by David Harris
JERUSALEM, July 18 (Xinhua) -- When foreign ministers of more than 20 Arab states meet on July 29 under the umbrella of the Arab League (AL), they will likely be asked whether the time has come for the Palestinians to enter direct peace negotiations with Israel. Their decision could well affect the fate of the on-off talks.
As it stands the Palestinians currently oppose sitting face to face with Israeli negotiators. However, Palestinian and Egyptian officials are suggesting that if between now and then Israel makes some form of concrete commitment regarding the future borders of a Palestinian state, AL could well approve the resumption of direct talks after a hiatus of some two years.
This was perhaps the key message to come out of a day of intense diplomacy the epicenter of which was in Cairo.
The key meetings included a session between Egyptian President Hosni Mubarak and Palestinian President Mahmoud Abbas. That was followed by a conversation between Mubarak and Israeli Prime Minister Benjamin Netanyahu.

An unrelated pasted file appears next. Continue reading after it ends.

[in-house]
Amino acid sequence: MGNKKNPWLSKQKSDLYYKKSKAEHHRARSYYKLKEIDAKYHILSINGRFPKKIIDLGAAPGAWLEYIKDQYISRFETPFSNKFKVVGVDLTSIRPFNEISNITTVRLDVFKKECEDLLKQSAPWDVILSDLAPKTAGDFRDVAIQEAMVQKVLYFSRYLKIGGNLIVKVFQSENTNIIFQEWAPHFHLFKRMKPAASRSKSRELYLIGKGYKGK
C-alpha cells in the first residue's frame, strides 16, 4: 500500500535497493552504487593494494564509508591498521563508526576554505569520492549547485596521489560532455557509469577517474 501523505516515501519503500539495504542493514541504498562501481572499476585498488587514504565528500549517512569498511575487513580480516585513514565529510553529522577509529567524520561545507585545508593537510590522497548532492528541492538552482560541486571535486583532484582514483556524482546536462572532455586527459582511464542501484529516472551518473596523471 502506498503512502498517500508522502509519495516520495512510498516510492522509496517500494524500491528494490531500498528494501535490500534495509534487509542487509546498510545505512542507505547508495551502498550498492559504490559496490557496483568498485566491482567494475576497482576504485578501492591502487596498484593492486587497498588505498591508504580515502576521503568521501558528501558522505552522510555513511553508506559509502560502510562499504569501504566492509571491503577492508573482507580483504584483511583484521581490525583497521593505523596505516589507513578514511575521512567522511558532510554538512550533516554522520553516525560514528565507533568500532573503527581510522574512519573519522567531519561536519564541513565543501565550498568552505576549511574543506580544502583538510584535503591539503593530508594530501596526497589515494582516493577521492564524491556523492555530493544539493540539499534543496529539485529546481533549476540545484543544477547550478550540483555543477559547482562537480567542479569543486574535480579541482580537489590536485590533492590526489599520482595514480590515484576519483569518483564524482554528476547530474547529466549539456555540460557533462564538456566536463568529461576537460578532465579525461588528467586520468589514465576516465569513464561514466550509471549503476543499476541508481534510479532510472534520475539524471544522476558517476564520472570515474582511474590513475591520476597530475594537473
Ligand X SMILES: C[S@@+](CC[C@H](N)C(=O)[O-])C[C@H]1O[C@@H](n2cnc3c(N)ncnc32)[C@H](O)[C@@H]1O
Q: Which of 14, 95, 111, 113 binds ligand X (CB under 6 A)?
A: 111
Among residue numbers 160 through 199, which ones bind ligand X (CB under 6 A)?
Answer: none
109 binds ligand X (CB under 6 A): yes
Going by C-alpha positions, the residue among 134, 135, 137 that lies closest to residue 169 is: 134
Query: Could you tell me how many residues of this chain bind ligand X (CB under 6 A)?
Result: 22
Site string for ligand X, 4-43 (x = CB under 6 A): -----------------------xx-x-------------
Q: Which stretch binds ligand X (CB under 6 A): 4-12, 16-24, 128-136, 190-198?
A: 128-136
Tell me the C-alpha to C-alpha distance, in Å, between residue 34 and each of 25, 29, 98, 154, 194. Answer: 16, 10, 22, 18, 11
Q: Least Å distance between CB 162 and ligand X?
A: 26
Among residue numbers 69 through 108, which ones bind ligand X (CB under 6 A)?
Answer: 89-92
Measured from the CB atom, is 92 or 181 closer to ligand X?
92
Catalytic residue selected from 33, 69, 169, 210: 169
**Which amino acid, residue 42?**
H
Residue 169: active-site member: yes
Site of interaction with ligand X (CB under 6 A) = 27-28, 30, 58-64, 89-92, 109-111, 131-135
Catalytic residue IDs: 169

Meanwhile, AL General Secretary Amr Moussa, also based in the Egyptian capital, met the U.S. Middle East peace envoy George Mitchell, who later held talks with Mubarak.
Jerusalem was also the backdrop for important meetings. In the morning Netanyahu met Mitchell, who in turn visited Abbas in Ramallah on Saturday evening. Netanyahu then made a key comment regarding security on the Egyptian border at the weekly meeting of the Israeli cabinet. On his return from Cairo, Netanyahu also met European Union (EU) policy chief Catherine Ashton and Tony Blair, who is the Middle East envoy for the international peace Quartet, which comprises the U.S., Russia, the EU and the United Nations.
This was Netanyahu's second trip to Egypt within a month. Sandwiched in between was his journey to Washington and an apparently positive meeting with Obama.
Theoretically, Sunday's parley between Mubarak and Netanyahu was an opportunity for the latter to update his host on the White House talks. However, the session was seemingly much more about moving forward than reviewing recent events.